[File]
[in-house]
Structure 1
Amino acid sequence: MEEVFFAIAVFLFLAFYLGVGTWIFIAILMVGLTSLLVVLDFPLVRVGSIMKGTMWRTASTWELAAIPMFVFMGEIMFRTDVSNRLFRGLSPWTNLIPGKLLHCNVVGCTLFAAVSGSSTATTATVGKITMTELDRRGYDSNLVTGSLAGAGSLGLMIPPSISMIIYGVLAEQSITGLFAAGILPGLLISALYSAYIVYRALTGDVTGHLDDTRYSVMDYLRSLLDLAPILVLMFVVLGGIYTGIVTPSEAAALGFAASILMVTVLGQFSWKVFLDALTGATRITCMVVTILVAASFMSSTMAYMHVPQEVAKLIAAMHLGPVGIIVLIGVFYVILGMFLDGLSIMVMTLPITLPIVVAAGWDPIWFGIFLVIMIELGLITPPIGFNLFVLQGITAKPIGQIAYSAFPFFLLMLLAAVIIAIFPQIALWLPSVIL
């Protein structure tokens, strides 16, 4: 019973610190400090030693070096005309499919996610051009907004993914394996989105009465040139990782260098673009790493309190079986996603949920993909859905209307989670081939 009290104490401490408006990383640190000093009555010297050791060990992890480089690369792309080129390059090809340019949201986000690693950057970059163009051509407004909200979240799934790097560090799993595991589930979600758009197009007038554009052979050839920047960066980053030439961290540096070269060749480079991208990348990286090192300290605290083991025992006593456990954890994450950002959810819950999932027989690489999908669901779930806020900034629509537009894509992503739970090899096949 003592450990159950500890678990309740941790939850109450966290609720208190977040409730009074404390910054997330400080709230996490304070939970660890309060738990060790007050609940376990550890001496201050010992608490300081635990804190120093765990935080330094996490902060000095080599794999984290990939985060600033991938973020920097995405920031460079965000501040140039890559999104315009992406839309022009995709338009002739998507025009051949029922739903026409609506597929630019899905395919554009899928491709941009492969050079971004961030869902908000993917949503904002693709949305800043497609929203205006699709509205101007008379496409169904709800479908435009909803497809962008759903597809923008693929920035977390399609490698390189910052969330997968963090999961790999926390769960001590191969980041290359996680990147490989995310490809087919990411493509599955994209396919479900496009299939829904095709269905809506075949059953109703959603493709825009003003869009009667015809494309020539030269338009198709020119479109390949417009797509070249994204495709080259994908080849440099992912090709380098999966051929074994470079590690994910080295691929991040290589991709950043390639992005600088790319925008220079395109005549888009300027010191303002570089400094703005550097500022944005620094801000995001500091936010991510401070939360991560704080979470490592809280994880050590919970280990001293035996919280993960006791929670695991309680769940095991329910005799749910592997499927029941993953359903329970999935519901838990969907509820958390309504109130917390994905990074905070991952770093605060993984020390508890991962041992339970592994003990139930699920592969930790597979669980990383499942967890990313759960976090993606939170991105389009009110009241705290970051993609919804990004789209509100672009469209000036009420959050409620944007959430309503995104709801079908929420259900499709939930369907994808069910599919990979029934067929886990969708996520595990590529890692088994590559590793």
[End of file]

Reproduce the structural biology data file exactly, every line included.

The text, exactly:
[in-house]
Structure 1
Amino acid sequence: MEEVFFAIAVFLFLAFYLGVGTWIFIAILMVGLTSLLVVLDFPLVRVGSIMKGTMWRTASTWELAAIPMFVFMGEIMFRTDVSNRLFRGLSPWTNLIPGKLLHCNVVGCTLFAAVSGSSTATTATVGKITMTELDRRGYDSNLVTGSLAGAGSLGLMIPPSISMIIYGVLAEQSITGLFAAGILPGLLISALYSAYIVYRALTGDVTGHLDDTRYSVMDYLRSLLDLAPILVLMFVVLGGIYTGIVTPSEAAALGFAASILMVTVLGQFSWKVFLDALTGATRITCMVVTILVAASFMSSTMAYMHVPQEVAKLIAAMHLGPVGIIVLIGVFYVILGMFLDGLSIMVMTLPITLPIVVAAGWDPIWFGIFLVIMIELGLITPPIGFNLFVLQGITAKPIGQIAYSAFPFFLLMLLAAVIIAIFPQIALWLPSVIL
């Protein structure tokens, strides 16, 4: 019973610190400090030693070096005309499919996610051009907004993914394996989105009465040139990782260098673009790493309190079986996603949920993909859905209307989670081939 009290104490401490408006990383640190000093009555010297050791060990992890480089690369792309080129390059090809340019949201986000690693950057970059163009051509407004909200979240799934790097560090799993595991589930979600758009197009007038554009052979050839920047960066980053030439961290540096070269060749480079991208990348990286090192300290605290083991025992006593456990954890994450950002959810819950999932027989690489999908669901779930806020900034629509537009894509992503739970090899096949 003592450990159950500890678990309740941790939850109450966290609720208190977040409730009074404390910054997330400080709230996490304070939970660890309060738990060790007050609940376990550890001496201050010992608490300081635990804190120093765990935080330094996490902060000095080599794999984290990939985060600033991938973020920097995405920031460079965000501040140039890559999104315009992406839309022009995709338009002739998507025009051949029922739903026409609506597929630019899905395919554009899928491709941009492969050079971004961030869902908000993917949503904002693709949305800043497609929203205006699709509205101007008379496409169904709800479908435009909803497809962008759903597809923008693929920035977390399609490698390189910052969330997968963090999961790999926390769960001590191969980041290359996680990147490989995310490809087919990411493509599955994209396919479900496009299939829904095709269905809506075949059953109703959603493709825009003003869009009667015809494309020539030269338009198709020119479109390949417009797509070249994204495709080259994908080849440099992912090709380098999966051929074994470079590690994910080295691929991040290589991709950043390639992005600088790319925008220079395109005549888009300027010191303002570089400094703005550097500022944005620094801000995001500091936010991510401070939360991560704080979470490592809280994880050590919970280990001293035996919280993960006791929670695991309680769940095991329910005799749910592997499927029941993953359903329970999935519901838990969907509820958390309504109130917390994905990074905070991952770093605060993984020390508890991962041992339970592994003990139930699920592969930790597979669980990383499942967890990313759960976090993606939170991105389009009110009241705290970051993609919804990004789209509100672009469209000036009420959050409620944007959430309503995104709801079908929420259900499709939930369907994808069910599919990979029934067929886990969708996520595990590529890692088994590559590793």